the ship : one tempest followed another in rapid succession ; the
vessel sprung a leak ; the stores were nearly exhausted, and all
hope of reaching America given up, when the captain resolved to
run for the most convenient port that might present itself in the
West Indies. During this season of trial the missionaries con-
tinued in earnest prayer to " Him who holdeth the winds in his fist
and the waters in the hollow of his hand ;" while the captain raved
like a maniac, crying out, " There's a Jonah on board ! there is a
Jonah on board." In a fit of superstitious frenzy he rushed on Dr.
Coke, seized his books and papers, cast them into the raging sea,
and vehemently declared that, should he again dare to pray while
he remained on board his ship, he would throw him overboard !

As they approached the West Indies, the weather gradually
became mild, and with it the temper and conduct of the captain.
The first port they reached was St. John's in the Island of Antigua,
at which they arrived on Christmas-day. No sooner were they
put ashore than the Doctor and his companions met Baxter, who
was on his way to preach to a large congregation of black and
coloured people.

The mystery of their disastrous voyage was now solved : the set
time to favour the West India islands was come ; a great and effec-
tual door was opened for missionary efforts ; the fields were " white
unto the harvest ;" " Ethiopia was stretching out her hands unto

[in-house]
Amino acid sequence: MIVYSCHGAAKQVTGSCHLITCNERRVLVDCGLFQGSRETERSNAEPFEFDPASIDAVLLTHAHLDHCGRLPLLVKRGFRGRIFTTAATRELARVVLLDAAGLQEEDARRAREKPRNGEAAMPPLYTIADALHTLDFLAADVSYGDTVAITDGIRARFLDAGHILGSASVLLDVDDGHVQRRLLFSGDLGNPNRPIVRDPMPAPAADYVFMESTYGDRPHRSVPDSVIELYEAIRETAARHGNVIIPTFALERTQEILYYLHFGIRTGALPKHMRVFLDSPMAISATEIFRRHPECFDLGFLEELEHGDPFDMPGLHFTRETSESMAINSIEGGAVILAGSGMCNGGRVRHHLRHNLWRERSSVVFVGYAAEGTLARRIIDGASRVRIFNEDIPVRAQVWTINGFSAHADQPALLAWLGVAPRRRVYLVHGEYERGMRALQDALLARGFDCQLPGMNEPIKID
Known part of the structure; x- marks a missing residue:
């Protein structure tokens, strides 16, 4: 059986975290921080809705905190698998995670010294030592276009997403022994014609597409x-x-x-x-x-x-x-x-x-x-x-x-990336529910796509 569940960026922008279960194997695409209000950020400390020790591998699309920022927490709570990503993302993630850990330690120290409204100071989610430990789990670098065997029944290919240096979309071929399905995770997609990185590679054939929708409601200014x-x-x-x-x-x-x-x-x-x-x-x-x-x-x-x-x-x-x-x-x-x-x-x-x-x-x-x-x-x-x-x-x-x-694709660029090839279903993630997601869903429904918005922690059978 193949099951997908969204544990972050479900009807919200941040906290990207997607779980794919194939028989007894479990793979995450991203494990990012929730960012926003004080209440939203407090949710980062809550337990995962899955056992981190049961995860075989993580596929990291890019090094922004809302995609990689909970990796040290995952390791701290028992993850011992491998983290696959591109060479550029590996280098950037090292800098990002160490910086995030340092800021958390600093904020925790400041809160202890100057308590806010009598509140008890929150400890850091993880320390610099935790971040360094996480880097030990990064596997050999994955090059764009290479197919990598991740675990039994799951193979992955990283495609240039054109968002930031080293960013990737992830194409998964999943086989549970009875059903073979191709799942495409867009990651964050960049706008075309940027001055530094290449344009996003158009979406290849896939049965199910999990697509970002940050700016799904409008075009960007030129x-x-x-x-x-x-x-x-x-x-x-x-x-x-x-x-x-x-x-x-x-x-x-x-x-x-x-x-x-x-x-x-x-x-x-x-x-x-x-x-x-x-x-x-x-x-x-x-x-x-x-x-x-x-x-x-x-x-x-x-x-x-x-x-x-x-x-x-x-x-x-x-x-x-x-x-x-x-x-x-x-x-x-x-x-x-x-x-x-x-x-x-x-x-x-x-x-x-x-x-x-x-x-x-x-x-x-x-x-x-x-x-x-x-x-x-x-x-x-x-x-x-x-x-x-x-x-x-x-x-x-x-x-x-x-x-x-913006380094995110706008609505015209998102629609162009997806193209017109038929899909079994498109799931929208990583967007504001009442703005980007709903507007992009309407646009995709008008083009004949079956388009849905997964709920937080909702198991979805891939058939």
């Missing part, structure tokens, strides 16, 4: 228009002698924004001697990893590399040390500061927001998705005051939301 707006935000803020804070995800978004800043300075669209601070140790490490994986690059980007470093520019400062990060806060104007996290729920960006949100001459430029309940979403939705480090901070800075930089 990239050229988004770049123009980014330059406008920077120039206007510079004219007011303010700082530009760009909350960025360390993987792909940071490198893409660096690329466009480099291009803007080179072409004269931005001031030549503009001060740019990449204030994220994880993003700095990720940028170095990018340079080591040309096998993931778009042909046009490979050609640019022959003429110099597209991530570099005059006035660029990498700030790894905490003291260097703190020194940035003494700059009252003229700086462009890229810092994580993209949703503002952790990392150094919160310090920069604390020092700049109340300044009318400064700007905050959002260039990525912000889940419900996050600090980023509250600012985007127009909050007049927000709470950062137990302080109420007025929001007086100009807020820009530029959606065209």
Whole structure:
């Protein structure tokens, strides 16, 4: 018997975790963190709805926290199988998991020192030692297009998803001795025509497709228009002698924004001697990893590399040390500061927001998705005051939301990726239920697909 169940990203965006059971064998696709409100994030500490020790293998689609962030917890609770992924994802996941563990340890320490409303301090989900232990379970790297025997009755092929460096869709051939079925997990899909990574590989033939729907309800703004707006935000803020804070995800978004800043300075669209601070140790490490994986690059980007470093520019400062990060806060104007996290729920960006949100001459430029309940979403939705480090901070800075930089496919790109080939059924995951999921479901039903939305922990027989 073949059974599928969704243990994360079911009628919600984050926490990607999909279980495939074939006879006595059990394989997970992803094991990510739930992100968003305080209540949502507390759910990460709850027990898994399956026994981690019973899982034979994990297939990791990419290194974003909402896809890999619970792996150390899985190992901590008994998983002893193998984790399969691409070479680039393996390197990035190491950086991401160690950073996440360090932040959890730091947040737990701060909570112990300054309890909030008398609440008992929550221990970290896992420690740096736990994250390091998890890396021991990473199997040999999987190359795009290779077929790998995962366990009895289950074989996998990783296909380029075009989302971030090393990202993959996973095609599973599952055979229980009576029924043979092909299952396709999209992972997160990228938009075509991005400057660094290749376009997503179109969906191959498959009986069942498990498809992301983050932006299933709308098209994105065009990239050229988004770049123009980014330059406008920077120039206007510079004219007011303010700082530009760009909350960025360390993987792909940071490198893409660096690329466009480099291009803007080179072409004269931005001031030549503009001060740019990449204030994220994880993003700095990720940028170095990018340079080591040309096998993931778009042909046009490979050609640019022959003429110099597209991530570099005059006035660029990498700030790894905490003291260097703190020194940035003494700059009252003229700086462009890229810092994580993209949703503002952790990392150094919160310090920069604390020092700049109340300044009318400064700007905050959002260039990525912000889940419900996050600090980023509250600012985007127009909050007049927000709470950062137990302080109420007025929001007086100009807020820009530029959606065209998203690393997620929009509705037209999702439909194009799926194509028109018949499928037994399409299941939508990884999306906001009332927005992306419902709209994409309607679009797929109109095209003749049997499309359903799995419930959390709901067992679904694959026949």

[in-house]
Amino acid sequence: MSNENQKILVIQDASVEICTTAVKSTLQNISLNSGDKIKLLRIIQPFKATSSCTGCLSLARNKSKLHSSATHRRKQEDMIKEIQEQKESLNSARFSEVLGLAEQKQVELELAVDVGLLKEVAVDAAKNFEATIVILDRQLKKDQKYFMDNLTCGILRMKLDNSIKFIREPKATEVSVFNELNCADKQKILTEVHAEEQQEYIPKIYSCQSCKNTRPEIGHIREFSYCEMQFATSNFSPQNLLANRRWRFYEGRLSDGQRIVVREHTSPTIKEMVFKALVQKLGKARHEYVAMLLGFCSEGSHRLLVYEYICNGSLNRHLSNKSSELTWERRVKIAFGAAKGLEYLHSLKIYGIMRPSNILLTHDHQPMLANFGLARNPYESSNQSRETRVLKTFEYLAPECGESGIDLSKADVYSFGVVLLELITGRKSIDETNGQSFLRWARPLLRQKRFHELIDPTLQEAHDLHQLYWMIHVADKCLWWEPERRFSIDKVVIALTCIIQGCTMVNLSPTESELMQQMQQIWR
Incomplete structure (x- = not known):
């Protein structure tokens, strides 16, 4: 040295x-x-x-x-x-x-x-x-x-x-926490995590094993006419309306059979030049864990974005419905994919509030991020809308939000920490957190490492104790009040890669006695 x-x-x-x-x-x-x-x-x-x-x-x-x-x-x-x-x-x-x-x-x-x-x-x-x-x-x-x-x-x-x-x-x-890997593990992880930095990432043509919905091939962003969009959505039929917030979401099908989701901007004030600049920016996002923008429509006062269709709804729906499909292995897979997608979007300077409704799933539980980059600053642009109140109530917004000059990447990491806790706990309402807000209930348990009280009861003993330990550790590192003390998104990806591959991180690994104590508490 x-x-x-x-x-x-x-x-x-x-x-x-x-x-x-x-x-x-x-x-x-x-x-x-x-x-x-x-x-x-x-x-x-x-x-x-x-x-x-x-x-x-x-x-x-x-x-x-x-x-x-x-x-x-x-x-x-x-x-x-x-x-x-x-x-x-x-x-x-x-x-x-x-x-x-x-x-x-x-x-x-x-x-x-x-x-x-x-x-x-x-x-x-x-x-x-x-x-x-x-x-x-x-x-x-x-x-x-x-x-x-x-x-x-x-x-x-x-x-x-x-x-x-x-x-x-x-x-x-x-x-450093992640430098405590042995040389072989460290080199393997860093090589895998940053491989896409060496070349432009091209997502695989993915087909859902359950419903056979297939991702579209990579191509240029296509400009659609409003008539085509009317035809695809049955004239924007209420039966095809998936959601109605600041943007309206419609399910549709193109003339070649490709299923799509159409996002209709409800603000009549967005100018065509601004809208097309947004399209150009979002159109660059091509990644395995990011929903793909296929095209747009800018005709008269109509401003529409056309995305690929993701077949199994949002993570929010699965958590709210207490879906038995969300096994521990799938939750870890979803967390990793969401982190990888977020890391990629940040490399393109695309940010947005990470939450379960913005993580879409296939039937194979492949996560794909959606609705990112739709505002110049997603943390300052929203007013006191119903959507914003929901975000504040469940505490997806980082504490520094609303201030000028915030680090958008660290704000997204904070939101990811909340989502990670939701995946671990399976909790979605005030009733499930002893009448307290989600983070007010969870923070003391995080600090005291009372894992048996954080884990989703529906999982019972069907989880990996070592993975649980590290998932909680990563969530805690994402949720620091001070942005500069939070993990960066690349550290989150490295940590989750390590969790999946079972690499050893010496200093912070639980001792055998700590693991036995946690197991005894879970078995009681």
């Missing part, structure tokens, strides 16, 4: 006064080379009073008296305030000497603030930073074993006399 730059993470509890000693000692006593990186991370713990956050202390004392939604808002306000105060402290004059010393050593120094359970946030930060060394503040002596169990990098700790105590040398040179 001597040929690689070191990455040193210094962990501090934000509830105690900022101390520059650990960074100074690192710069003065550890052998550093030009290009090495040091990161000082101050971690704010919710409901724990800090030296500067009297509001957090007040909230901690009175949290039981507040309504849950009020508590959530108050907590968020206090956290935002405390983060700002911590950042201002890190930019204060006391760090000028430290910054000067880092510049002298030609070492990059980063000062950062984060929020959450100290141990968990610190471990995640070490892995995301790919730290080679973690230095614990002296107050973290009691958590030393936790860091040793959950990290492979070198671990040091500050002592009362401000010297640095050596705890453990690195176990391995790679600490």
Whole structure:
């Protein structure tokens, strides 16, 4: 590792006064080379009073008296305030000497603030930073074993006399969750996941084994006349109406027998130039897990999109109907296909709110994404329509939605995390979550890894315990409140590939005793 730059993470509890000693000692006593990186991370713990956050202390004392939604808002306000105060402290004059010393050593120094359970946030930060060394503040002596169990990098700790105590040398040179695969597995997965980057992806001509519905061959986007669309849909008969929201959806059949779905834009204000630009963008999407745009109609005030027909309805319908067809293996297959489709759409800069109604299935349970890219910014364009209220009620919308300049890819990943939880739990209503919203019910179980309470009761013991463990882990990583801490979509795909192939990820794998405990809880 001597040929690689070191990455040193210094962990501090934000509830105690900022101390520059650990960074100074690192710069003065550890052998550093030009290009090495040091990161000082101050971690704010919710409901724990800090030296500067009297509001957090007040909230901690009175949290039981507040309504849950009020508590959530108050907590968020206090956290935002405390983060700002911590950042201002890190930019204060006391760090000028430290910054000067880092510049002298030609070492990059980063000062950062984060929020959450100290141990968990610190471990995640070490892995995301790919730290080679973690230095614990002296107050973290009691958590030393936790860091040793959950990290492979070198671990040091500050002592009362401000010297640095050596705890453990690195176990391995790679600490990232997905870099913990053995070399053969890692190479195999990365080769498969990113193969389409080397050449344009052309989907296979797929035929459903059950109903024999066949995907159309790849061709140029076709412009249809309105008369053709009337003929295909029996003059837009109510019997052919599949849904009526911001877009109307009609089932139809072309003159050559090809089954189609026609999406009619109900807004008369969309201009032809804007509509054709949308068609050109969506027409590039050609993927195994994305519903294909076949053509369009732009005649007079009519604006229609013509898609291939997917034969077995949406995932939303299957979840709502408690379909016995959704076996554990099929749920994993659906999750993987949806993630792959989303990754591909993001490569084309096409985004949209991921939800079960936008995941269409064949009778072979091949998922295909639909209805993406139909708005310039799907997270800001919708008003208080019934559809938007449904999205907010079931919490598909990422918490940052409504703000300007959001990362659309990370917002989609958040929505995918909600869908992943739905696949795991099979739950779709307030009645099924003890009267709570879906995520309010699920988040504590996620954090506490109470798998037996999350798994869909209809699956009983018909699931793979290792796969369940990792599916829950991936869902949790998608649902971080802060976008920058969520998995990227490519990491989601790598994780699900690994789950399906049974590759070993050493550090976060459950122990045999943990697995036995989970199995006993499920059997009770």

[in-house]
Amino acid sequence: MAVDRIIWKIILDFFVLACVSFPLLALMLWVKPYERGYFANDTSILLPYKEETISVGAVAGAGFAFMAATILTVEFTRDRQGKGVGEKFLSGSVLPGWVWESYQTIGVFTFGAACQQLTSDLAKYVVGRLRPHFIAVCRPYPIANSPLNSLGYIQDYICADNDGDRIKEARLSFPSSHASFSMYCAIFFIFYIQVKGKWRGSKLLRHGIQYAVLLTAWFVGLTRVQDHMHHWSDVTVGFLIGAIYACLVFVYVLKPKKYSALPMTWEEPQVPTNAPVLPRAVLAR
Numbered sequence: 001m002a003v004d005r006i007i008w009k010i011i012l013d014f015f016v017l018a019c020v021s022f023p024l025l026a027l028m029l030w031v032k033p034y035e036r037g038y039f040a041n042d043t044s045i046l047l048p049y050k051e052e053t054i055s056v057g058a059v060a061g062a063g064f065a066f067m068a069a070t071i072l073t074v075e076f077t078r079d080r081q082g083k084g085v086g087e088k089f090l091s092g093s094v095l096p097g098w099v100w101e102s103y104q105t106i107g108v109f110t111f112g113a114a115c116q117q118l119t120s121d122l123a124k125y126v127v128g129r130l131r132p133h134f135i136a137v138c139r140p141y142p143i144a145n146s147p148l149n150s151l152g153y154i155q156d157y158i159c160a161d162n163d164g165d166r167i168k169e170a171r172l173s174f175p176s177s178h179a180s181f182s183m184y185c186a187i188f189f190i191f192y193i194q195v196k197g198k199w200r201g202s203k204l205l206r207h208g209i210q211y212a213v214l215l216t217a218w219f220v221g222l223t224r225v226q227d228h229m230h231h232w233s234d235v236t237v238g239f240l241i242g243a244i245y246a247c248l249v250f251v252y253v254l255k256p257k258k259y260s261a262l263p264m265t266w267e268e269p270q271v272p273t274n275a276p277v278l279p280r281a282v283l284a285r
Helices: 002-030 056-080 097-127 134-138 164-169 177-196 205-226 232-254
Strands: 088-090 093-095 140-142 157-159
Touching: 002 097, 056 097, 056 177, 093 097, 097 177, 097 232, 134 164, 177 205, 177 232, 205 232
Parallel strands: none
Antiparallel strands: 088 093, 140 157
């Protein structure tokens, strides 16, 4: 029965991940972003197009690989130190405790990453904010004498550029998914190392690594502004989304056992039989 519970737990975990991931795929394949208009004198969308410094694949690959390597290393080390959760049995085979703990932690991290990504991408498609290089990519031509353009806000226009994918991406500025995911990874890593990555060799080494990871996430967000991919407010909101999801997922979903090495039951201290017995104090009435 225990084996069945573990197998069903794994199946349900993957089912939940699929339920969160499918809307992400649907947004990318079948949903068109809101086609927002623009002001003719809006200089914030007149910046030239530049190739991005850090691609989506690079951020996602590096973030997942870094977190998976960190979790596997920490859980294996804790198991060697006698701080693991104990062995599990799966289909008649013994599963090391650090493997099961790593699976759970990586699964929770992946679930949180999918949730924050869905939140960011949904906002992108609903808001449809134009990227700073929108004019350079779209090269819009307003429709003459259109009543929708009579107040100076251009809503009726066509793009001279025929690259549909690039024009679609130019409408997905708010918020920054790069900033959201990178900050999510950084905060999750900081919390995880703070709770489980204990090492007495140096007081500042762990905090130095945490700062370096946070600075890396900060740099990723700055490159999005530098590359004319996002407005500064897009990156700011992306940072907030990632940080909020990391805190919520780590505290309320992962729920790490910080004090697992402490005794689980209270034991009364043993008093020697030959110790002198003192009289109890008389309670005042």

God." The joy of the devoted Baxter and his people was fully
shared by their unexpected visitors. The pious heart of Coke was
stirred in him at the sight of a thousand Africans listening with
intense interest to the glad tidings of salvation from his lips, and
receiving at his hands the memorials of the Redeemer's dying love.
His reception by all classes was cheering. A salary of 500 per
annum was offered if he would settle in the island, and he was in-
vited, as a mark of respect, to a public dinner, at which the Duke
of Clarence, aftewards William the Fourth, was one of the guests.

If the soul of Columbus was thrown into ecstasy at the sight of
these enchanting islands, where nature has poured out in rich pro-
fusion her choicest beauties, the sight of the moral condition of their
inhabitants engaged the deepest sympathies of the devout missionary,
who was so providentially cast upon their shores. Fired with the
thought of diffusing scriptural Christianity throughout the islands
of the Caribbean Sea, he left Mr. Warrener to assist Baxter, and
proceeded to some of the neighbouring islands, in order to extend
the mission. St. Vincent's presented an open field ; a society was
formed which soon numbered 500 members. St. Christopher's gave
similar encouragement. The success which crowned their labours
at St. Eustatius kindled the rage of the enemies of the Gospel.
u Certain lewd fellows of the baser sort " set on, and encouraged
hy the magistrates, succeeded in driving the missionaries from the
island. The flock being thus deprived of their shepherds continued



ORIGIN OF THE MISSION. 13

to assemble, and eucouraged each other to hold fast, and hope for
better days.

In 1788 the missionaries visited Tortola and Nevis, where they
met with a cordial welcome from many who received their message
with joy. At the latter island a society was formed, which gave
great encouragement ; whilst at Tortola their success was still



Online LibraryPeter SamuelThe Wesleyan-Methodist missions in Jamaica and Honduras delineated; containing a description of the principle stations, together with a consecutive account of the rise and progress of the work of God at each → online text (page 1 of 39)